Older applicants denied consideration for open positions allege they were screened out through use of subtle but discriminatory guidelines.
Richard Villarreal claims that R.J. Reynolds discriminated against him and others over age 40 by using “resume review guidelines” that instructed recruiters what to look for (candidates only 2-3 years out of college) and what to stay away from (candidates with more than 8 years of sales experience). Villarreal noted that applicants who successfully navigated through the recruitment process were significantly younger than those who were rejected.
Under the “disparate impact” theory, policies or practices that though neutral on their face impose a greater adverse impact on older individuals without a reasonable justification are unlawful. “Disparate impact” is a widely accepted method of proof in most anti-discrimination laws (those that prohibit discrimination based on race, gender, religion, ethnicity, etc.) but has had mixed success in the courts when it comes to age discrimination. There is hope that recently approved EEOC regulations will inject new life into the theory in the age context.
The issue before the court is whether the disparate impact theory can be used to prove age discrimination by job applicants as opposed to job holders. In ruling against Villarreal, the lower court ruled that the theory may only be used by current employees. The lower court also ruled that Villarreal was time barred from challenging some of his rejections by R.J. Reynolds despite the fact that the facts and information that caused him to believe he was discriminated against were not available to him earlier. Villarreal appealed both issues.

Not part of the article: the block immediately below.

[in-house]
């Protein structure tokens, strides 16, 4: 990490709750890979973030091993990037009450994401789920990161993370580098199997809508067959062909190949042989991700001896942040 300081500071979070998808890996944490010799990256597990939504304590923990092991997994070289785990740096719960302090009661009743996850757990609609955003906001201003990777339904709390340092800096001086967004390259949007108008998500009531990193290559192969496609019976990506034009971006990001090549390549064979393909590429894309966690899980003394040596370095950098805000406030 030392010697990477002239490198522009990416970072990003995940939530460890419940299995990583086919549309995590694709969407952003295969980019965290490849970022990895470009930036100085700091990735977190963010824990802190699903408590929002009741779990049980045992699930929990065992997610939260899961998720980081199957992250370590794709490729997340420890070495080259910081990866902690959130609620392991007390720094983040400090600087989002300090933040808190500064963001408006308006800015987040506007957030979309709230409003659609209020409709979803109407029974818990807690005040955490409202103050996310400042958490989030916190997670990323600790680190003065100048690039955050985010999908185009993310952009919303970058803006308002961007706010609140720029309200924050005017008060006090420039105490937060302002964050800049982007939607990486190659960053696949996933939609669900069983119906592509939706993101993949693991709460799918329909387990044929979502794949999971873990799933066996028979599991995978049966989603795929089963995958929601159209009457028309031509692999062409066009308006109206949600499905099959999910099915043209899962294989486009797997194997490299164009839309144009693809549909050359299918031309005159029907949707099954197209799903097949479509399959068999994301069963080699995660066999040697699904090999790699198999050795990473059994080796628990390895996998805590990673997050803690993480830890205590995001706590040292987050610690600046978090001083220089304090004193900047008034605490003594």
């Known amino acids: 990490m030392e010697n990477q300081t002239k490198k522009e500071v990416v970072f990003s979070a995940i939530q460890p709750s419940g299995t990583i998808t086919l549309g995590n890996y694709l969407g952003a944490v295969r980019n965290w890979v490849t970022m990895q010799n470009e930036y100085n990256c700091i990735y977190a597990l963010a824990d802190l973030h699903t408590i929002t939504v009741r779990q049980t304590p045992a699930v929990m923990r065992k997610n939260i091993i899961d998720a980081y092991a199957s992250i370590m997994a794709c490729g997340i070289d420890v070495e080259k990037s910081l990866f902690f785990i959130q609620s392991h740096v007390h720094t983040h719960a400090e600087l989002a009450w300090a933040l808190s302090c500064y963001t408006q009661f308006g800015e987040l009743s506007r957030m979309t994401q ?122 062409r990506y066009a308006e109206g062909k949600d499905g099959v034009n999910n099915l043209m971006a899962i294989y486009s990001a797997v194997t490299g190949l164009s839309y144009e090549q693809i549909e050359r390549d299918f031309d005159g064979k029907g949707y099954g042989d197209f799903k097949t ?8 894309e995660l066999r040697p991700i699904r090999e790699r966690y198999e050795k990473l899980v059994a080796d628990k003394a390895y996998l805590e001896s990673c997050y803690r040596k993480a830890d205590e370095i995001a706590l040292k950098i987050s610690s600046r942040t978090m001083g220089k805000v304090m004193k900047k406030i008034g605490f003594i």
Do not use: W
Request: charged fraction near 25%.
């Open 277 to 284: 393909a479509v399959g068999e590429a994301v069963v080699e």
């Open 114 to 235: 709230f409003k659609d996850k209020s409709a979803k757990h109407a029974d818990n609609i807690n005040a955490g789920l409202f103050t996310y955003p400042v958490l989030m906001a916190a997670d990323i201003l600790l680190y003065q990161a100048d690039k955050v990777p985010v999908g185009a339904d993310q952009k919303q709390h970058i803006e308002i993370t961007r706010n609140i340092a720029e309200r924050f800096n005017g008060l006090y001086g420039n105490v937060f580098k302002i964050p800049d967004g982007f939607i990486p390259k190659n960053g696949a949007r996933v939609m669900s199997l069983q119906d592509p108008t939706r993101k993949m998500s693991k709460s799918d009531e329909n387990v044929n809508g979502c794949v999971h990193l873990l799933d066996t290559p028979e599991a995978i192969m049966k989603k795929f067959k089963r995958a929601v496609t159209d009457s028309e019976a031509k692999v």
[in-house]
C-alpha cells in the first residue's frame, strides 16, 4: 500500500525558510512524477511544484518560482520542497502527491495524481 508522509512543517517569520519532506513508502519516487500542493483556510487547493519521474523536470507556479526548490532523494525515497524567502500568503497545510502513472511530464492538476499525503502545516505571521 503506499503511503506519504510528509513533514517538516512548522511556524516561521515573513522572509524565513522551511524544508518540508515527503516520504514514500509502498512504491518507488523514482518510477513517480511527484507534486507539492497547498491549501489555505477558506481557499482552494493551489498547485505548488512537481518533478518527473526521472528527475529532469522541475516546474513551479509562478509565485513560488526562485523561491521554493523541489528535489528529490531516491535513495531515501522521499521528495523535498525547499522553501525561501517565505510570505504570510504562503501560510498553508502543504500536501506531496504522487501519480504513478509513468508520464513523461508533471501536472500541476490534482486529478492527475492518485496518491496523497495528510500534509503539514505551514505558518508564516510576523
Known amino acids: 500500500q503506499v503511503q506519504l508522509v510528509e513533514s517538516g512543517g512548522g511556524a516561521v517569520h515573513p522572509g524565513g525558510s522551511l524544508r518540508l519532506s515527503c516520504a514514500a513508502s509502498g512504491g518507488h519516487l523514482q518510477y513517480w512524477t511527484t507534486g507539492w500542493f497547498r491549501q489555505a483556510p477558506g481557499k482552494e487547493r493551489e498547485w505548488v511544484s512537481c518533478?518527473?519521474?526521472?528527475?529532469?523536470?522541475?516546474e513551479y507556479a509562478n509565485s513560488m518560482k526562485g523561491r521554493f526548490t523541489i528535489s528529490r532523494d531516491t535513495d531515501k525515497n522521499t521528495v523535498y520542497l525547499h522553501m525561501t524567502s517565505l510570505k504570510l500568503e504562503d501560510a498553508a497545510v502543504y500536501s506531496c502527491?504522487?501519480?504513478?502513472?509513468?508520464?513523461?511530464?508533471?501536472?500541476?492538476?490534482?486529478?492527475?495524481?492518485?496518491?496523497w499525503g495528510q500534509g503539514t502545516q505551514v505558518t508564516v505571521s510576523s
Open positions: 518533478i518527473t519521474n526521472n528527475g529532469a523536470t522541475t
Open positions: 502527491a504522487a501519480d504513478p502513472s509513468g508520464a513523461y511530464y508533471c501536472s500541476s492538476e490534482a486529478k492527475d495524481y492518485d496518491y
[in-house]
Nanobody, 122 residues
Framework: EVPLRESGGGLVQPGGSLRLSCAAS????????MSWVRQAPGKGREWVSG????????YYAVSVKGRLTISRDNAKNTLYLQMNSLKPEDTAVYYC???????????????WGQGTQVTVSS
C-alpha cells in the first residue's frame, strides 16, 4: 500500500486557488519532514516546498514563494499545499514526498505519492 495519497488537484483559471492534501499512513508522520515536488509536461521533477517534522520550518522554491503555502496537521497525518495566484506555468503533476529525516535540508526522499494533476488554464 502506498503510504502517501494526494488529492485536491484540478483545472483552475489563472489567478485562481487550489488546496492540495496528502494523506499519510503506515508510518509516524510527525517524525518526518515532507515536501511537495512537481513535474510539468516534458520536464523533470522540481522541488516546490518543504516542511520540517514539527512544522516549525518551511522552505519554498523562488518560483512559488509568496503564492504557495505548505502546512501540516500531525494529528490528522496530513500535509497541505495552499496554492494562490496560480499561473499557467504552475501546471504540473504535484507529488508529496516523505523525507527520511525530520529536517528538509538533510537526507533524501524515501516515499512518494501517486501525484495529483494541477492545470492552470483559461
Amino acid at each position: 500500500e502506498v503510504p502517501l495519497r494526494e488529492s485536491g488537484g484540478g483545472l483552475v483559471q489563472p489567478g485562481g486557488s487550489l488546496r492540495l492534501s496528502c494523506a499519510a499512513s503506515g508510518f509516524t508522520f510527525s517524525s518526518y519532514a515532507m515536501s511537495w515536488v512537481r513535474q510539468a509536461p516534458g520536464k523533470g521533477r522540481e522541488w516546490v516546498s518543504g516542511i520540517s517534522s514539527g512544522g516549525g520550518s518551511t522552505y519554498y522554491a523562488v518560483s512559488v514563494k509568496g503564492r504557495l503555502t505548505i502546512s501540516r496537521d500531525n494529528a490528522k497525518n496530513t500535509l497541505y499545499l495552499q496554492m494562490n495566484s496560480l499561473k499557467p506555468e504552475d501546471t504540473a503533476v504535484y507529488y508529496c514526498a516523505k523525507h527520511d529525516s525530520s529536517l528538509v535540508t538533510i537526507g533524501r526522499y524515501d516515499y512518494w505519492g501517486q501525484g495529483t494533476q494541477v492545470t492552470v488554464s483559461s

AARP Foundation attorneys filed AARP’s friend-of-the-court brief on behalf of Villarreal. Noting that the ADEA was enacted in 1967 to combat rampant age discrimination in hiring, the brief presents studies, evaluations, and reports that document the continued prevalence of age discrimination in hiring. “It would be nonsensical to deny older jobseekers the protections [of the ADEA] given the principal reason for the ADEA’s enactment was the plight of unemployed older workers,” argues the brief. With regard to the timeliness issue, AFL argued that older job applicants are entitled to the benefits of “equitable tolling.” The equitable tolling doctrine allows a plaintiff to pursue their claim despite the running of a statute of limitation, in cases where fairness (“the equities”) so dictates. In this case and other hiring cases, in which employees have virtually no access to facts relevant to whether they might have a discrimination claim, the limitations period should not begin until a plaintiff has enough information to establish a claim of unlawful discrimination.
What’s at Stake
If facially neutral hiring policies and procedures that adversely impact older job applicants’ chances of being considered for open positions are immune from challenge under the ADEA, hard-fought age discrimination protections become merely words on paper.
Villarreal v. R.J. Reynolds is before the U.S. Court of Appeals for the Eleventh Circuit.